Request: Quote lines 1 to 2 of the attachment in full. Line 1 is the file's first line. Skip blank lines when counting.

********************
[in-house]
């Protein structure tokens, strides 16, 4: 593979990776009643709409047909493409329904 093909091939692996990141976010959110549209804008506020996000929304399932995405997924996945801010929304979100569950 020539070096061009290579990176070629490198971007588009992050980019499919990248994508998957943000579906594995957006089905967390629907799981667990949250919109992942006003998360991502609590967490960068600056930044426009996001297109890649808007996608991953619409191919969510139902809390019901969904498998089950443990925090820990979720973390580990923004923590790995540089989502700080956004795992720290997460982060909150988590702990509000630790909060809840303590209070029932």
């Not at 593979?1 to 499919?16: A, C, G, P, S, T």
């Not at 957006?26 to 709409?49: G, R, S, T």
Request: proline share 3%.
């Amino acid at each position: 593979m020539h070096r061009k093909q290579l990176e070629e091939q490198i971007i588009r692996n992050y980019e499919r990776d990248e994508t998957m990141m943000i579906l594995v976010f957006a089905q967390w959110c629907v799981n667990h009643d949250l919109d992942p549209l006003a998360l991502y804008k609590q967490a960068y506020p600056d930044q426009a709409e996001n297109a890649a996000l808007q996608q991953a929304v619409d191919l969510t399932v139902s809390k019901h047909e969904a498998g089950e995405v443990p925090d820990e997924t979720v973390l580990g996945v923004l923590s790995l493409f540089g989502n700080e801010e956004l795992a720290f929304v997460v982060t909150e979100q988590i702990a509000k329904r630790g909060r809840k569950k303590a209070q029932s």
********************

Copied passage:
[in-house]
């Protein structure tokens, strides 16, 4: 593979990776009643709409047909493409329904 093909091939692996990141976010959110549209804008506020996000929304399932995405997924996945801010929304979100569950 020539070096061009290579990176070629490198971007588009992050980019499919990248994508998957943000579906594995957006089905967390629907799981667990949250919109992942006003998360991502609590967490960068600056930044426009996001297109890649808007996608991953619409191919969510139902809390019901969904498998089950443990925090820990979720973390580990923004923590790995540089989502700080956004795992720290997460982060909150988590702990509000630790909060809840303590209070029932």